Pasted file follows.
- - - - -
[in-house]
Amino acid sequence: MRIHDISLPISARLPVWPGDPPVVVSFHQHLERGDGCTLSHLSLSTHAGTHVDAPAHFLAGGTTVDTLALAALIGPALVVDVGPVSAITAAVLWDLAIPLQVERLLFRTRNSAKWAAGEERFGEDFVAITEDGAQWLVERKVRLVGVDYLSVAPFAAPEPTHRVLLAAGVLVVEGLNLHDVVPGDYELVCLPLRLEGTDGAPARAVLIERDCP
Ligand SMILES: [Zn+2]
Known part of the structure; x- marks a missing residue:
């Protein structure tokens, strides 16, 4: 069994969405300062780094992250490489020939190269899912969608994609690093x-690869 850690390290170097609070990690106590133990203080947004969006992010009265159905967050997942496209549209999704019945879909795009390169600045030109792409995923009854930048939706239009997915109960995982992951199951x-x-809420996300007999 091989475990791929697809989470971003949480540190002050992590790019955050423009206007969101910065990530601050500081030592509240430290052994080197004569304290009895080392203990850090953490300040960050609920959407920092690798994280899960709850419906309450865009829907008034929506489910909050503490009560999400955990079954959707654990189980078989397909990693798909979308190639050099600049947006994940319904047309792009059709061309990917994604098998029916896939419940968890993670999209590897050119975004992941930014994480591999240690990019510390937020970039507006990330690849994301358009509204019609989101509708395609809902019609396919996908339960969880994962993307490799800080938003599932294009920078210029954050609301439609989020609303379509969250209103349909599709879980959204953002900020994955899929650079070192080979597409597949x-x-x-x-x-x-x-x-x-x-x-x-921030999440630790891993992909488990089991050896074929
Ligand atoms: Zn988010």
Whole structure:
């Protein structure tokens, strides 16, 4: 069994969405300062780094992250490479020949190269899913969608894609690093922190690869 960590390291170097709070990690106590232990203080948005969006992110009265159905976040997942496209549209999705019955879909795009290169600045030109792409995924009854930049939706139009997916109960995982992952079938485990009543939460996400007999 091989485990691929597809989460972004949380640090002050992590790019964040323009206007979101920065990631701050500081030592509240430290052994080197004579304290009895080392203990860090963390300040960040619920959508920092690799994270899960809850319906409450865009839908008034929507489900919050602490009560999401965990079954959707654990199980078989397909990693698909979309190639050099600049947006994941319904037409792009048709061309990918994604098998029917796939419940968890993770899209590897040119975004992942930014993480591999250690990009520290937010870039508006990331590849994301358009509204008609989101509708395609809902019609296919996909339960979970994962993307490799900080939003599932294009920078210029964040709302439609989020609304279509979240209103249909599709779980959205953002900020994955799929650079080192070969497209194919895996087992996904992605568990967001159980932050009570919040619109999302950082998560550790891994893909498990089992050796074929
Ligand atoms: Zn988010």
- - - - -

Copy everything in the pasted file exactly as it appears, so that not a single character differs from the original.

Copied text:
[in-house]
Amino acid sequence: MRIHDISLPISARLPVWPGDPPVVVSFHQHLERGDGCTLSHLSLSTHAGTHVDAPAHFLAGGTTVDTLALAALIGPALVVDVGPVSAITAAVLWDLAIPLQVERLLFRTRNSAKWAAGEERFGEDFVAITEDGAQWLVERKVRLVGVDYLSVAPFAAPEPTHRVLLAAGVLVVEGLNLHDVVPGDYELVCLPLRLEGTDGAPARAVLIERDCP
Ligand SMILES: [Zn+2]
Known part of the structure; x- marks a missing residue:
């Protein structure tokens, strides 16, 4: 069994969405300062780094992250490489020939190269899912969608994609690093x-690869 850690390290170097609070990690106590133990203080947004969006992010009265159905967050997942496209549209999704019945879909795009390169600045030109792409995923009854930048939706239009997915109960995982992951199951x-x-809420996300007999 091989475990791929697809989470971003949480540190002050992590790019955050423009206007969101910065990530601050500081030592509240430290052994080197004569304290009895080392203990850090953490300040960050609920959407920092690798994280899960709850419906309450865009829907008034929506489910909050503490009560999400955990079954959707654990189980078989397909990693798909979308190639050099600049947006994940319904047309792009059709061309990917994604098998029916896939419940968890993670999209590897050119975004992941930014994480591999240690990019510390937020970039507006990330690849994301358009509204019609989101509708395609809902019609396919996908339960969880994962993307490799800080938003599932294009920078210029954050609301439609989020609303379509969250209103349909599709879980959204953002900020994955899929650079070192080979597409597949x-x-x-x-x-x-x-x-x-x-x-x-921030999440630790891993992909488990089991050896074929
Ligand atoms: Zn988010």
Whole structure:
């Protein structure tokens, strides 16, 4: 069994969405300062780094992250490479020949190269899913969608894609690093922190690869 960590390291170097709070990690106590232990203080948005969006992110009265159905976040997942496209549209999705019955879909795009290169600045030109792409995924009854930049939706139009997916109960995982992952079938485990009543939460996400007999 091989485990691929597809989460972004949380640090002050992590790019964040323009206007979101920065990631701050500081030592509240430290052994080197004579304290009895080392203990860090963390300040960040619920959508920092690799994270899960809850319906409450865009839908008034929507489900919050602490009560999401965990079954959707654990199980078989397909990693698909979309190639050099600049947006994941319904037409792009048709061309990918994604098998029917796939419940968890993770899209590897040119975004992942930014993480591999250690990009520290937010870039508006990331590849994301358009509204008609989101509708395609809902019609296919996909339960979970994962993307490799900080939003599932294009920078210029964040709302439609989020609304279509979240209103249909599709779980959205953002900020994955799929650079080192070969497209194919895996087992996904992605568990967001159980932050009570919040619109999302950082998560550790891994893909498990089992050796074929
Ligand atoms: Zn988010």